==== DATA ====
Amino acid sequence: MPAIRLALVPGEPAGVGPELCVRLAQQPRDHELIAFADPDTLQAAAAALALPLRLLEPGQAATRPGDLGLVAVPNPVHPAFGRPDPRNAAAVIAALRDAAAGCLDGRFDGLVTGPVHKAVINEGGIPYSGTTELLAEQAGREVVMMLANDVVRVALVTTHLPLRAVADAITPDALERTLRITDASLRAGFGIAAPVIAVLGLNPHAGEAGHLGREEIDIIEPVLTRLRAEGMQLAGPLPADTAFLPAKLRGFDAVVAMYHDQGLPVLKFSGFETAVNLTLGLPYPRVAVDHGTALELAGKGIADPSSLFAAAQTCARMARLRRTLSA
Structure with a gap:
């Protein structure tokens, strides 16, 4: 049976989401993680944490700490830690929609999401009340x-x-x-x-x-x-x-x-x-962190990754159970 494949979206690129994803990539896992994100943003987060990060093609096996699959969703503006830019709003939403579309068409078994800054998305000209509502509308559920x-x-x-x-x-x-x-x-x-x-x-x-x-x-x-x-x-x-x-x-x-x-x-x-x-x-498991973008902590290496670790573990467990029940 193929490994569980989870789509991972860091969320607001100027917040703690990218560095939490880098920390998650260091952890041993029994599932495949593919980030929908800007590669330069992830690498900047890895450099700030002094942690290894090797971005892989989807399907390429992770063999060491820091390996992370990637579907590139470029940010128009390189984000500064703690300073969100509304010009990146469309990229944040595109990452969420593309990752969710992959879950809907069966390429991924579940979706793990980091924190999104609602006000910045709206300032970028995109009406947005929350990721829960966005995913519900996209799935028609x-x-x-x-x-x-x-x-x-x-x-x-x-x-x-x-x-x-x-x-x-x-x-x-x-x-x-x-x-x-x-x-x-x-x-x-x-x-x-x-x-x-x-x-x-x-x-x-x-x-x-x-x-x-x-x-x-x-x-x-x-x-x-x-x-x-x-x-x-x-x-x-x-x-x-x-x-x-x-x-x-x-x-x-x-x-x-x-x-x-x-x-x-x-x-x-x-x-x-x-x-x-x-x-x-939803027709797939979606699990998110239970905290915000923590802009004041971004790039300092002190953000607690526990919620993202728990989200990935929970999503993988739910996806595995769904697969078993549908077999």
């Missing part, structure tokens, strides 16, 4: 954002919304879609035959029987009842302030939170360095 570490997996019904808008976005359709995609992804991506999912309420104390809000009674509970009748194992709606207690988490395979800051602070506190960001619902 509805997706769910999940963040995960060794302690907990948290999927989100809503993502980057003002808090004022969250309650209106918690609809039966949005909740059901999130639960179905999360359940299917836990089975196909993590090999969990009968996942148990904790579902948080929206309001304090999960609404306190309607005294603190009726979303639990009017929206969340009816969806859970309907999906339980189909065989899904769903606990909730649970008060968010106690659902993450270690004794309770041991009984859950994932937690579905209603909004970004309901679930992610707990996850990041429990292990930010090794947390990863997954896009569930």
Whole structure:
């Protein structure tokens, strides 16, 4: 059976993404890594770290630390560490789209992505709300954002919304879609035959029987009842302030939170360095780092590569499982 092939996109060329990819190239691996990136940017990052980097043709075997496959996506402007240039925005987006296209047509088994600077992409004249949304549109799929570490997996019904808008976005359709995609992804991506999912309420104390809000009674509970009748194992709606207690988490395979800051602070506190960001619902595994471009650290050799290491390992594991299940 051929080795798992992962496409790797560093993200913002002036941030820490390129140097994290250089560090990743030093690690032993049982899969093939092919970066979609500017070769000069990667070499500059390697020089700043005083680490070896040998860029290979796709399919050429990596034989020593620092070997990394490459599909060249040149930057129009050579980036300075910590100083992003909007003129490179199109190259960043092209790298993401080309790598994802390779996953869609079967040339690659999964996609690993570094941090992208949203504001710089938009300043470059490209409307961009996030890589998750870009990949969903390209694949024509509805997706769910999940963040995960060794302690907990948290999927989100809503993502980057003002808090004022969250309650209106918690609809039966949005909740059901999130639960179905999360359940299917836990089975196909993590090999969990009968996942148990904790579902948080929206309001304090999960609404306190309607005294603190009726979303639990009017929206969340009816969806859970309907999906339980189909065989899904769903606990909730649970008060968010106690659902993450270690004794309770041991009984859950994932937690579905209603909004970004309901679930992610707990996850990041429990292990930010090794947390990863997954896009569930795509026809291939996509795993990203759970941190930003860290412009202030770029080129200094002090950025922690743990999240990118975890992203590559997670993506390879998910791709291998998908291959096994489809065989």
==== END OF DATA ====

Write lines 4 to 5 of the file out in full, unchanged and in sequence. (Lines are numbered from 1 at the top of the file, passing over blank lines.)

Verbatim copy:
């Missing part, structure tokens, strides 16, 4: 954002919304879609035959029987009842302030939170360095 570490997996019904808008976005359709995609992804991506999912309420104390809000009674509970009748194992709606207690988490395979800051602070506190960001619902 509805997706769910999940963040995960060794302690907990948290999927989100809503993502980057003002808090004022969250309650209106918690609809039966949005909740059901999130639960179905999360359940299917836990089975196909993590090999969990009968996942148990904790579902948080929206309001304090999960609404306190309607005294603190009726979303639990009017929206969340009816969806859970309907999906339980189909065989899904769903606990909730649970008060968010106690659902993450270690004794309770041991009984859950994932937690579905209603909004970004309901679930992610707990996850990041429990292990930010090794947390990863997954896009569930």
Whole structure: